When I taught middle school students, I used wellness checks on a weekly basis. Students knew that every Wednesday, they could look forward to sharing their hearts with me through the wellness routine. After each wellness check, I would select a small number of students for individual follow up conversations based on their responses. I used students’ responses to inform my instruction and my interactions with them. I noticed that many students were vulnerable and honest in their responses.

  • I’m sad and worried because my uncle is being deported.
  • I’m nervous about spending time with my dad because I don’t live with him, so I don’t get to see him that much.
  • I’m thinking a lot about my family. We’re really having a hard time right now.

The wellness check functioned as a baseline for the kinds of support I could offer and deepened my connections with the students. I scheduled one-on-one conferences with students to probe more deeply into their concerns. Sometimes, these individual conferences evolved into parent phone calls in which we set new goals for students and compared our observations of behaviors. Often, student responses provided insights for their behaviors. For example, a student wearing a hood in class or laying their head down was rarely a punishable offense because I knew specific information about my students’ traumas and anxieties. I knew that even if students seemed less engaged or distraught, that there were other circumstances impacting the way they showed up in the classroom. Rather than discipline students for those choices, the wellness check supplied context for them. In turn, I could address students with empathy and compassion instead of judgement.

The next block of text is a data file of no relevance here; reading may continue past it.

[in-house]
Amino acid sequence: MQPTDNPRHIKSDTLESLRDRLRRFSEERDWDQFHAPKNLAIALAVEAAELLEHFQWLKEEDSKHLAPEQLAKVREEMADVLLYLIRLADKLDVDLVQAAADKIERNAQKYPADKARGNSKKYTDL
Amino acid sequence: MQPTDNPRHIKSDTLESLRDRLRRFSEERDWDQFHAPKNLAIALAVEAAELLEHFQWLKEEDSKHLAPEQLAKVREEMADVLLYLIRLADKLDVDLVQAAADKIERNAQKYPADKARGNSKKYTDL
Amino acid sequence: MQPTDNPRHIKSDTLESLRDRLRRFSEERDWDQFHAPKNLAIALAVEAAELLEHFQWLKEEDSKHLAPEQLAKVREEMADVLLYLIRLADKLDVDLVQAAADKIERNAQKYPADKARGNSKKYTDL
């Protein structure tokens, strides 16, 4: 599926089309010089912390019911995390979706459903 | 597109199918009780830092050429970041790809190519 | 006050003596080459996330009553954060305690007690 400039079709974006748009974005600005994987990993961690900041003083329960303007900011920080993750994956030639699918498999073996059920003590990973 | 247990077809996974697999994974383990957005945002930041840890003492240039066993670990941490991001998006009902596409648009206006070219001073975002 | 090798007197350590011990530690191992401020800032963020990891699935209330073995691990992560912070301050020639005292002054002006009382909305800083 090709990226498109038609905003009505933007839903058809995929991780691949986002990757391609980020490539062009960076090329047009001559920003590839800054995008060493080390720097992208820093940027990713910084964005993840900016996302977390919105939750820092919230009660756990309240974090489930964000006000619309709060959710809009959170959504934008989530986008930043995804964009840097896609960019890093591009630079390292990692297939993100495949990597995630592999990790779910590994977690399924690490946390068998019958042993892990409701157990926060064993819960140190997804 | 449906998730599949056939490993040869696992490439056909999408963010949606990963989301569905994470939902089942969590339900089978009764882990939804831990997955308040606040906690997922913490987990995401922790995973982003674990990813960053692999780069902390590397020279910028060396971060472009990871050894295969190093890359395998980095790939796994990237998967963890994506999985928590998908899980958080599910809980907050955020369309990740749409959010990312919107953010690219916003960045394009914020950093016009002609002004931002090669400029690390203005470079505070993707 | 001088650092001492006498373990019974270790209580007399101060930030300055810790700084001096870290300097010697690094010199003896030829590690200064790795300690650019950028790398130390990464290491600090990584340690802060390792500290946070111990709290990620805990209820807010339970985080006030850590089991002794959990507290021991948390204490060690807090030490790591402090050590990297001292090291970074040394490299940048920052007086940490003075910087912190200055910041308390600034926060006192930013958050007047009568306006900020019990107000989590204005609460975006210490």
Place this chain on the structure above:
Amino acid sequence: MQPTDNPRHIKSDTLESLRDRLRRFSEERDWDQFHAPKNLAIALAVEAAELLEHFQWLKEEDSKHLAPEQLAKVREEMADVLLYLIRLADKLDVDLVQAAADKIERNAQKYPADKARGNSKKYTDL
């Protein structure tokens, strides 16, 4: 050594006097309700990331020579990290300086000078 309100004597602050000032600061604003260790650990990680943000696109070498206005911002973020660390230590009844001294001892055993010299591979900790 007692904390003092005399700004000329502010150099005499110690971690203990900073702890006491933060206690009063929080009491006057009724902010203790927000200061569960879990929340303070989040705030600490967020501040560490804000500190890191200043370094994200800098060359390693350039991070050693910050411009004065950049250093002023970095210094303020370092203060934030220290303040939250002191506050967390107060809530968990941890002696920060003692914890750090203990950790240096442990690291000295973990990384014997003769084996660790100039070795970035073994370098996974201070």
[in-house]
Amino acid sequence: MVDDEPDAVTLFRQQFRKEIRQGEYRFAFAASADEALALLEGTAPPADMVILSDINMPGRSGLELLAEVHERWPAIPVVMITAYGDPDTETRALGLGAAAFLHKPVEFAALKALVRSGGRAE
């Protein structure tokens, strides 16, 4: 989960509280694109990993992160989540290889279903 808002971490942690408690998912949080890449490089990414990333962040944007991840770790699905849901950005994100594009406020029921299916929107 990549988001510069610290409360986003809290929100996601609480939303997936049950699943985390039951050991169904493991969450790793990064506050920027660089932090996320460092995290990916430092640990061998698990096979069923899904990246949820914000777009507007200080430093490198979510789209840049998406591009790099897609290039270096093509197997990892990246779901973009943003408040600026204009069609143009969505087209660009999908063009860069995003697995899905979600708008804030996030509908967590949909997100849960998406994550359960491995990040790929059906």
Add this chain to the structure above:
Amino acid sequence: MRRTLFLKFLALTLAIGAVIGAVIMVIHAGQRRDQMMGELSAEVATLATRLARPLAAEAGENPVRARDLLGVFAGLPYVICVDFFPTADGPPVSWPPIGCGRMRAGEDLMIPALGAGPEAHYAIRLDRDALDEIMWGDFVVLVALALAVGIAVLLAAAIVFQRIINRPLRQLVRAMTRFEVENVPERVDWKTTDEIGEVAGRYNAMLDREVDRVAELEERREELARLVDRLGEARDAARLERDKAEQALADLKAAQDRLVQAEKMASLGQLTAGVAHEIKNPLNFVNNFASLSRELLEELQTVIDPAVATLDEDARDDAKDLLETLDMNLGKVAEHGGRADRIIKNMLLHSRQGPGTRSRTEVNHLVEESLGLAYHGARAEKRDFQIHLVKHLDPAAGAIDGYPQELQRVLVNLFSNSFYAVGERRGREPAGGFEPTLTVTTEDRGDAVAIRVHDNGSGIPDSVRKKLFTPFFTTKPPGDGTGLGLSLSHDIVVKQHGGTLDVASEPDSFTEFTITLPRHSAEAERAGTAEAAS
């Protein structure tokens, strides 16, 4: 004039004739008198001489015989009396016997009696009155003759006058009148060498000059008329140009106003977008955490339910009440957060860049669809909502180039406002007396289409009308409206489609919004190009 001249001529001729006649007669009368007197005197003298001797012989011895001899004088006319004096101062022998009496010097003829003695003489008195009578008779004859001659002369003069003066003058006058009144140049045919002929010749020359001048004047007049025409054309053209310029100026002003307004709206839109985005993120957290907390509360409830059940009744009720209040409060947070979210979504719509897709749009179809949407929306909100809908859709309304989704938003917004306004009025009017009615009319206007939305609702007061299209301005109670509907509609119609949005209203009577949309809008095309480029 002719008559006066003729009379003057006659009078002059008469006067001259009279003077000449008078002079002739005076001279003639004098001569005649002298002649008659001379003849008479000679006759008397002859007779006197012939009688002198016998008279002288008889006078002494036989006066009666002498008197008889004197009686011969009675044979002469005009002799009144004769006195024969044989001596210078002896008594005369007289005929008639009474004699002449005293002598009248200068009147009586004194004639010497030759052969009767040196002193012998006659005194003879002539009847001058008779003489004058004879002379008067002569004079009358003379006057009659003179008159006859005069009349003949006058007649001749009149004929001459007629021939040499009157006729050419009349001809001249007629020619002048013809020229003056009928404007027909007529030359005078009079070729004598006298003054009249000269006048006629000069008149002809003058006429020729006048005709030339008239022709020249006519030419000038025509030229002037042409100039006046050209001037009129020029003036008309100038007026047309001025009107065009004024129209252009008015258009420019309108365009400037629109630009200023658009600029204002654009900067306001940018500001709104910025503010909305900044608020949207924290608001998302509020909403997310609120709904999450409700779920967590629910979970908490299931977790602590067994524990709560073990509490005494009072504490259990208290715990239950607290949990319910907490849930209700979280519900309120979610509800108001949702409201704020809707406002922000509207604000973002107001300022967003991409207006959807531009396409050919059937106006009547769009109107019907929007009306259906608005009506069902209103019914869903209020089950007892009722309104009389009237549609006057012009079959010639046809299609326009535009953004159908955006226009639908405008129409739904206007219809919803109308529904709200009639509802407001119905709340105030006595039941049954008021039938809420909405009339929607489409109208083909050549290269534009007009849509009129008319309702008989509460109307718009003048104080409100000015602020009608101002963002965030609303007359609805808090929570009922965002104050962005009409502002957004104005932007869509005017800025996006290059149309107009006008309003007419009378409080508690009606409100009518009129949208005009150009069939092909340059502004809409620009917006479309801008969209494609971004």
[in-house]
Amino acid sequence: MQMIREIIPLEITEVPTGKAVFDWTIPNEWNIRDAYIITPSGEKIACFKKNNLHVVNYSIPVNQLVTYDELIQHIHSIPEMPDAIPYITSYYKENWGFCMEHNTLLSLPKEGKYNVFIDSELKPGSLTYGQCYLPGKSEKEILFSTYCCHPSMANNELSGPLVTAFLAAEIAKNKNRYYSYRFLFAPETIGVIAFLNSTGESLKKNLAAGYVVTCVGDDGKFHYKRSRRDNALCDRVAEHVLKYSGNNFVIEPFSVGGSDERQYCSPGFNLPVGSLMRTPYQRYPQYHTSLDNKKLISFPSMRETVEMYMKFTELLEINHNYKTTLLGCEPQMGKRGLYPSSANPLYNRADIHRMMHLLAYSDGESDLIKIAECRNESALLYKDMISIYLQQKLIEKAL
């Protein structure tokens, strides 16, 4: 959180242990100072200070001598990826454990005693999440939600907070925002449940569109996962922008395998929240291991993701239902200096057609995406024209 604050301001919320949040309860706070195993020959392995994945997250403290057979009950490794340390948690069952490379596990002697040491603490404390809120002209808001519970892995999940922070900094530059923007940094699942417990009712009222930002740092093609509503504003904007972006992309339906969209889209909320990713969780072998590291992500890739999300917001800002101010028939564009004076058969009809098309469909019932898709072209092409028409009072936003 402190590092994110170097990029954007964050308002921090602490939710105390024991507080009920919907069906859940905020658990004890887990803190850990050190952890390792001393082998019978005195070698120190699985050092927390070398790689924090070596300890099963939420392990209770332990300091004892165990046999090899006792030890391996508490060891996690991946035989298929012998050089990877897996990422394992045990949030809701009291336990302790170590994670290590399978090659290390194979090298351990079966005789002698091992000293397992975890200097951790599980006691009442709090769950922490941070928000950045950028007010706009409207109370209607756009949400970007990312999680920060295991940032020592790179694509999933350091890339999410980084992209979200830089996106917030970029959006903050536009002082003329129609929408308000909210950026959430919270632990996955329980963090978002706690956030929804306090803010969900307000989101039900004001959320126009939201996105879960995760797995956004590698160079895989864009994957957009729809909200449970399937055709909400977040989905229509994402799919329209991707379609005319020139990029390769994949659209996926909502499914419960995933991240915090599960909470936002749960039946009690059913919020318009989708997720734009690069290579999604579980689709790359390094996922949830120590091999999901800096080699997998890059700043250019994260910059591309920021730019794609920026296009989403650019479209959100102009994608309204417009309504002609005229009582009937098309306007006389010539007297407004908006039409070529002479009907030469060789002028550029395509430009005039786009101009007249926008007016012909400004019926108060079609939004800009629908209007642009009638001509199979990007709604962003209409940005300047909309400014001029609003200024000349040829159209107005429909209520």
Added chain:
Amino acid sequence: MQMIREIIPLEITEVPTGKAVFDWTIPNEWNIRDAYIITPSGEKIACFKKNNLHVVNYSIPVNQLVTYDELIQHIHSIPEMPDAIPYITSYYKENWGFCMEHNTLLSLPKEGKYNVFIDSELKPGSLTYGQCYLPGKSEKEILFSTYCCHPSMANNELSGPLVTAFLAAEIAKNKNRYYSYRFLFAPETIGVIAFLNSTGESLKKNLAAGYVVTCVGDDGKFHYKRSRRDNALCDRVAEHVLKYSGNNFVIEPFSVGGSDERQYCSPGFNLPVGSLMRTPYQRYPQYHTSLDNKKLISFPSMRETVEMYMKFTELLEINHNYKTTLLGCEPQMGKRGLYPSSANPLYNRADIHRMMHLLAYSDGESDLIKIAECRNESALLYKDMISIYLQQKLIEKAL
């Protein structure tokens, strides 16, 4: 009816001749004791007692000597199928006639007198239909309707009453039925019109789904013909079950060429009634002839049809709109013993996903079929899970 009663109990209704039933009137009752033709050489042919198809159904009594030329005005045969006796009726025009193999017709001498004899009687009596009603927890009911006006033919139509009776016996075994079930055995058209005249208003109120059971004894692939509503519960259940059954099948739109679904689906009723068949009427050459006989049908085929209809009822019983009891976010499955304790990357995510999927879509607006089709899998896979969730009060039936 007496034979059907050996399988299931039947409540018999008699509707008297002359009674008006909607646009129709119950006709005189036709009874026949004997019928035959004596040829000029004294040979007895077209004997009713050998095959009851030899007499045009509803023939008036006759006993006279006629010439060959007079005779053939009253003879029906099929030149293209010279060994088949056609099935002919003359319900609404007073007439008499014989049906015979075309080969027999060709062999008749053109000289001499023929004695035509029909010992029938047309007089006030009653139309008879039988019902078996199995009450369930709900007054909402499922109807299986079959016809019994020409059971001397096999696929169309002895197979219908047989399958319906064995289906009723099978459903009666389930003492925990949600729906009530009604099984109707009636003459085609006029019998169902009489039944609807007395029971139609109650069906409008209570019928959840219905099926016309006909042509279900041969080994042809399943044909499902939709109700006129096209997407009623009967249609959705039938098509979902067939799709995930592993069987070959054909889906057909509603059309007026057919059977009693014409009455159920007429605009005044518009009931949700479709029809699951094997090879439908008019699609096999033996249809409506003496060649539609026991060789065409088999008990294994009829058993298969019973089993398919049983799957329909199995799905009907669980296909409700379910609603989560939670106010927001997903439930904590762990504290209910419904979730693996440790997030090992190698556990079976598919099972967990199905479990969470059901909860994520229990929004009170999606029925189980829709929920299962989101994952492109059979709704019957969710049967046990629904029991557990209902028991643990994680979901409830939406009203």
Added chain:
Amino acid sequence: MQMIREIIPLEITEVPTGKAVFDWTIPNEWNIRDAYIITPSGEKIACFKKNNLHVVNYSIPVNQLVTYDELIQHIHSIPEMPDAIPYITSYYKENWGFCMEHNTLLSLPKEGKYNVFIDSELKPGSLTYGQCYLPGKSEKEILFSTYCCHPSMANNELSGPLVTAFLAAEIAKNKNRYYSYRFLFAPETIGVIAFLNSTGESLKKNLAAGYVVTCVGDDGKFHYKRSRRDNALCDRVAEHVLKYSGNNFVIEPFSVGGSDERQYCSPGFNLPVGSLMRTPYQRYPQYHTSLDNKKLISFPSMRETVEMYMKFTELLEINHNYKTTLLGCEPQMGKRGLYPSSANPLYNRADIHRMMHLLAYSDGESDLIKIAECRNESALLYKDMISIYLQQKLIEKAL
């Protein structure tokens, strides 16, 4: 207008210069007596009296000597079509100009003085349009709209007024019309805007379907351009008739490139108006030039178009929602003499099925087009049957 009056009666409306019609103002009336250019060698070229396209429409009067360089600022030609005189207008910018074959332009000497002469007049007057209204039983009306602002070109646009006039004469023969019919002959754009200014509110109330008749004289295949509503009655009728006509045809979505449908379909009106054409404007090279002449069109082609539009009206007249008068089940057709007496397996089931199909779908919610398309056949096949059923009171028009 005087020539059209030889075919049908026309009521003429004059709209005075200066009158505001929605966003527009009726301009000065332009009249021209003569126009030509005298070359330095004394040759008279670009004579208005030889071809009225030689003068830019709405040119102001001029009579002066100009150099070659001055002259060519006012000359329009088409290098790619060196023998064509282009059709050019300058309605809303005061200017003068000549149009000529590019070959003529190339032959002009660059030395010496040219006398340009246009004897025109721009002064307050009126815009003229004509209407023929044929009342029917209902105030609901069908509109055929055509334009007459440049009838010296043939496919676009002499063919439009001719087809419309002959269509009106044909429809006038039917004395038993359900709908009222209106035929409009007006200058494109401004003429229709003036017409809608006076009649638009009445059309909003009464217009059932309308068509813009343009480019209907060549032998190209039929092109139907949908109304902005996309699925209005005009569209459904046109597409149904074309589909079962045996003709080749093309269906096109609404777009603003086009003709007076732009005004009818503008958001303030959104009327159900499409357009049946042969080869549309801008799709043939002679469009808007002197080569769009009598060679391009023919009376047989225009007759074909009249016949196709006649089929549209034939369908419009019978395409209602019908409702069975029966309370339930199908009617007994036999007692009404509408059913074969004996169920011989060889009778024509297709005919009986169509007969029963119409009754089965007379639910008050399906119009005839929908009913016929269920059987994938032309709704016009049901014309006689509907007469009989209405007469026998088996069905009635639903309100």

The Impact of Weekly Wellness Checks

The weekly wellness check gave students voice and choice in the classroom. Students were not subordinates, but co-creators in the culture of our classroom. They suggested ways I could be more emotionally present with responses like: Keep the classroom a positive space. Be patient with me when I ask questions.

Over the years, I have found that this practice strengthened students’ investment in the classroom and in their own success. Students were more engaged more often because they knew they had space to have bad days without fear of punishment. Students felt that my classroom centered their experiences and their voices.


Students were more engaged more often

because they knew they had space to have

bad days without fear of punishment.

Students felt that my classroom centered

their experiences and their voices.


Our wellness practices weren’t always perfect. Some weeks students chose not to communicate their feelings. Other weeks, I struggled to keep up with the demands of teaching while trying to create space for students to process their feelings with me. Although we struggled at times, the wellness routine allowed all of us to show up imperfectly. We learned and grew together.

About the Author 

Headshot-Alexis ShepardAlexis Shepard is a former teacher with ten years’ experience in South Carolina public schools. Her career began as an elementary teacher where she taught second and fourth grades before transitioning to the middle school setting where she taught sixth grade ELA. Alexis believes in a human-centered approach to teaching and learning that emphasizes critical thinking and empathy. In 2018 she created her brand, The AfroEducator, where she uses her voice and expertise to empower educators to live more authentically. She believes in change for teachers and is dedicated to creating cultures of wellness in K12 educational settings. You can connect with Alexis on Twitter and Instagram @theafroeducator.

 

Go here to see the complete One Thing You Might Try . . . blog archive.

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Topics: One Thing You Might Try